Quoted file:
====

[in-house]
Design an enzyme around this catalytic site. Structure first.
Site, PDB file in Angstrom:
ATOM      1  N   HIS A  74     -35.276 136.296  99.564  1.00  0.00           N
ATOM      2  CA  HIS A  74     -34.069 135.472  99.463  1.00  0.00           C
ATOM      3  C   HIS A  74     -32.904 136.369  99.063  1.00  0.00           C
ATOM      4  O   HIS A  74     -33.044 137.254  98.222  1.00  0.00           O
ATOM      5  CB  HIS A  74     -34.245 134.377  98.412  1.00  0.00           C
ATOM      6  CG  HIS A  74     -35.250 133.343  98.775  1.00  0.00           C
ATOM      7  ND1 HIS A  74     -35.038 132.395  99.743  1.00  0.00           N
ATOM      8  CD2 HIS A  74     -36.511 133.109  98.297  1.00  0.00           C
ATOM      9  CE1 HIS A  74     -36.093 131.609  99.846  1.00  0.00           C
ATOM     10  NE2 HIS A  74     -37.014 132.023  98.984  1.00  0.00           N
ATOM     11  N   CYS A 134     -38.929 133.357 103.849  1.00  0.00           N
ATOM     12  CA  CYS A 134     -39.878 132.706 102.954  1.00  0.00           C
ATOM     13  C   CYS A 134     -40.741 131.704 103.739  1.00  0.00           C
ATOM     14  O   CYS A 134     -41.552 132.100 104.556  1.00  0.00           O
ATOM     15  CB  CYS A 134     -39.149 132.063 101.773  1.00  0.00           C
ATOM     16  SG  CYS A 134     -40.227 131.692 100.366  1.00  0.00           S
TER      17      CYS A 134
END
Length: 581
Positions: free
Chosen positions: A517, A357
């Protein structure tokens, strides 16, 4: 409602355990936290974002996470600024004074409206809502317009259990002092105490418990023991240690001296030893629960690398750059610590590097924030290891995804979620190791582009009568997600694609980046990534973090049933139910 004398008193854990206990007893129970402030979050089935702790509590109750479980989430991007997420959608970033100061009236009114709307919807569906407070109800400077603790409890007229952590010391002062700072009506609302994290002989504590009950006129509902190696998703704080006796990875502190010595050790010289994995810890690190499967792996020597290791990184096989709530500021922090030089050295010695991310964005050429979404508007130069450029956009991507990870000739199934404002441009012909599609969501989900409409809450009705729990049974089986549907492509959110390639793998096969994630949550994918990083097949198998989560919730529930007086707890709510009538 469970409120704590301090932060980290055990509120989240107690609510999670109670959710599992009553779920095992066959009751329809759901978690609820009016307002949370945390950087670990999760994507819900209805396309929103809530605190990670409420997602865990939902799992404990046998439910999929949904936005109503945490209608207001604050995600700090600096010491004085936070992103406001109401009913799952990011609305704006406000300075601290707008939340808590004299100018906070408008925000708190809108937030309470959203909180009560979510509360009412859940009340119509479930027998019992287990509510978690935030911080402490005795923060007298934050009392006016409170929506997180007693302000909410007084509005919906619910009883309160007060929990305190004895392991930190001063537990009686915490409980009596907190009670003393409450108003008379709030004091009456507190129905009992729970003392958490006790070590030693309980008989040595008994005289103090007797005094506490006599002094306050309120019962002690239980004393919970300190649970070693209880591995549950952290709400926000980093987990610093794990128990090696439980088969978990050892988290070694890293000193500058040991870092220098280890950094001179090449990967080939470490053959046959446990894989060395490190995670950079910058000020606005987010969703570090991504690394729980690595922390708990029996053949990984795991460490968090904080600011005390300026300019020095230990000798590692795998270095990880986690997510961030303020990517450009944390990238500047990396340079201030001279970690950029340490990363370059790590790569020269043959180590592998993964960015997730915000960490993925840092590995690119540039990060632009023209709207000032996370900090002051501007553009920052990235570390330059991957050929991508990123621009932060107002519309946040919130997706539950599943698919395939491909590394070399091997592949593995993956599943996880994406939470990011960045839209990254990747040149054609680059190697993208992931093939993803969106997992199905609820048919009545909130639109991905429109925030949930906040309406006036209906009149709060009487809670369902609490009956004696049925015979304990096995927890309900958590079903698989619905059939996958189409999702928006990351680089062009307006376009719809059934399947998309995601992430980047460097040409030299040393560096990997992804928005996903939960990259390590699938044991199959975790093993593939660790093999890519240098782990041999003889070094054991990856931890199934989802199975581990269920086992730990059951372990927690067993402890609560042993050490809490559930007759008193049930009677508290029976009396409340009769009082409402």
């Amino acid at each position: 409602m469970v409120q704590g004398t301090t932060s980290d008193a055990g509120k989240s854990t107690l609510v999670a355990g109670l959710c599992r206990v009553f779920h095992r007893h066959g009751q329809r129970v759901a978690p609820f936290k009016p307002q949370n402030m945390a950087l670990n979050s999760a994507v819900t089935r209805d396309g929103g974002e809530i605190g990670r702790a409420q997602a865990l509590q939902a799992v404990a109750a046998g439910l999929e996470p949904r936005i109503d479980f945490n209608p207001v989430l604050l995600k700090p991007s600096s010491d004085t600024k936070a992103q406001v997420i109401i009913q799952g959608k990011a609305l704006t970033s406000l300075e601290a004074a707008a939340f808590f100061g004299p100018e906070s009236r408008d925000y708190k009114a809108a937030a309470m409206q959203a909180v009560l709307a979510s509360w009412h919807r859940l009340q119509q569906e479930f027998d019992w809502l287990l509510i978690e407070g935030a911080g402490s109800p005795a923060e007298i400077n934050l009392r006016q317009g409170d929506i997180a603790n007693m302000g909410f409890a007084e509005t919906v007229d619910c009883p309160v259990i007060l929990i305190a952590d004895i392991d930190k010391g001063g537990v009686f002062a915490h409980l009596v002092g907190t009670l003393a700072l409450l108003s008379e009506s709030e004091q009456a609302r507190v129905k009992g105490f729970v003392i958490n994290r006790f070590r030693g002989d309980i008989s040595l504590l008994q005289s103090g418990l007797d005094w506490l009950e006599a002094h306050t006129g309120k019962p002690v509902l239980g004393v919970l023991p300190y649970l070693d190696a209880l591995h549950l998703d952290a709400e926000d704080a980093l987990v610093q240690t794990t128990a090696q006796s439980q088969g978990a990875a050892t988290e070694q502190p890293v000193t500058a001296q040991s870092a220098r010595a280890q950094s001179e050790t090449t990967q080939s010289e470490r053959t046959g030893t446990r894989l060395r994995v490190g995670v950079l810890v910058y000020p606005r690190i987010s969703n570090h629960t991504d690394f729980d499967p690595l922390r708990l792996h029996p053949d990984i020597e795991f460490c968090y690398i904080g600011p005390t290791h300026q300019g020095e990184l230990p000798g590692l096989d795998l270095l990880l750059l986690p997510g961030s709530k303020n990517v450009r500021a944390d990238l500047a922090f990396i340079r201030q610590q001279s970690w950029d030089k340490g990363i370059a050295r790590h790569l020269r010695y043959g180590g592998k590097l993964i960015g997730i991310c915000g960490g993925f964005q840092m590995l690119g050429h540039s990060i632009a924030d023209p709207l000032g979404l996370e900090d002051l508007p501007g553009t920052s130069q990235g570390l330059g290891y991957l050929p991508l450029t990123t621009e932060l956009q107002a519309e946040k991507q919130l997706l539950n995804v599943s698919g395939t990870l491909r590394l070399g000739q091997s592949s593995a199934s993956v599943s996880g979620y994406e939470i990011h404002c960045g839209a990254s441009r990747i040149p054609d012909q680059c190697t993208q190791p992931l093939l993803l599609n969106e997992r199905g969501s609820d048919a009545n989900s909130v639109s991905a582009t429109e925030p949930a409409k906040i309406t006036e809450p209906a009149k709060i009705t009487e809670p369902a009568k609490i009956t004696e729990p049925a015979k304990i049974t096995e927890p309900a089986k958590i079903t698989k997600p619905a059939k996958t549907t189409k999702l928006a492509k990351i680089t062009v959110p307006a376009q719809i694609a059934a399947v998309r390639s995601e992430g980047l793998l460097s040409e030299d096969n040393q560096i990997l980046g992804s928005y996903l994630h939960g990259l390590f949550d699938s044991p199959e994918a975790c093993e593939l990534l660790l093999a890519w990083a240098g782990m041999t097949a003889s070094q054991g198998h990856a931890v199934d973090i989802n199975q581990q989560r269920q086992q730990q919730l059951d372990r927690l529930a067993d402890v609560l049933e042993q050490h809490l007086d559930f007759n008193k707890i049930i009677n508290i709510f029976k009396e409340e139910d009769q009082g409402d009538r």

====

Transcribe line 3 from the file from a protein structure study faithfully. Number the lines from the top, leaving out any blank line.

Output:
Site, PDB file in Angstrom: